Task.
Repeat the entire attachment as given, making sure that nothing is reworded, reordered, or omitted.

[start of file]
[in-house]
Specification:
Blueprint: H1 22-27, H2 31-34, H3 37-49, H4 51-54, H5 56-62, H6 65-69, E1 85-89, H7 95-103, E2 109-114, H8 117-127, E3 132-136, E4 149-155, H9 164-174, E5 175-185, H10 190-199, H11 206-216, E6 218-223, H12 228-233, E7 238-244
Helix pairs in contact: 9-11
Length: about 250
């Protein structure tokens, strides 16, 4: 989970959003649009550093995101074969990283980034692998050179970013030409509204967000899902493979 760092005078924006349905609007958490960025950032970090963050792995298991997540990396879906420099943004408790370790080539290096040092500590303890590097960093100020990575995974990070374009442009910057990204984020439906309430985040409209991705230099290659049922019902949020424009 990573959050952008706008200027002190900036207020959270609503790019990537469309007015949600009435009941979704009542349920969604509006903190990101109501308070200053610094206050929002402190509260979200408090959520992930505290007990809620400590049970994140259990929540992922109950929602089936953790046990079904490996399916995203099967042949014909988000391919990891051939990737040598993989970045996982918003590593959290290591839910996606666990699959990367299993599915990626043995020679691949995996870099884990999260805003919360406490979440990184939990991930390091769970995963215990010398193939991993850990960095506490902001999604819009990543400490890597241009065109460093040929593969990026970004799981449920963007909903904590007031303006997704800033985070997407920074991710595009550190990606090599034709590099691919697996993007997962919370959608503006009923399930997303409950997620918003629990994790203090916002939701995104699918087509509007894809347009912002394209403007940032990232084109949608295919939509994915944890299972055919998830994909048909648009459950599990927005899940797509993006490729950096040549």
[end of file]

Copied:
[in-house]
Specification:
Blueprint: H1 22-27, H2 31-34, H3 37-49, H4 51-54, H5 56-62, H6 65-69, E1 85-89, H7 95-103, E2 109-114, H8 117-127, E3 132-136, E4 149-155, H9 164-174, E5 175-185, H10 190-199, H11 206-216, E6 218-223, H12 228-233, E7 238-244
Helix pairs in contact: 9-11
Length: about 250
């Protein structure tokens, strides 16, 4: 989970959003649009550093995101074969990283980034692998050179970013030409509204967000899902493979 760092005078924006349905609007958490960025950032970090963050792995298991997540990396879906420099943004408790370790080539290096040092500590303890590097960093100020990575995974990070374009442009910057990204984020439906309430985040409209991705230099290659049922019902949020424009 990573959050952008706008200027002190900036207020959270609503790019990537469309007015949600009435009941979704009542349920969604509006903190990101109501308070200053610094206050929002402190509260979200408090959520992930505290007990809620400590049970994140259990929540992922109950929602089936953790046990079904490996399916995203099967042949014909988000391919990891051939990737040598993989970045996982918003590593959290290591839910996606666990699959990367299993599915990626043995020679691949995996870099884990999260805003919360406490979440990184939990991930390091769970995963215990010398193939991993850990960095506490902001999604819009990543400490890597241009065109460093040929593969990026970004799981449920963007909903904590007031303006997704800033985070997407920074991710595009550190990606090599034709590099691919697996993007997962919370959608503006009923399930997303409950997620918003629990994790203090916002939701995104699918087509509007894809347009912002394209403007940032990232084109949608295919939509994915944890299972055919998830994909048909648009459950599990927005899940797509993006490729950096040549």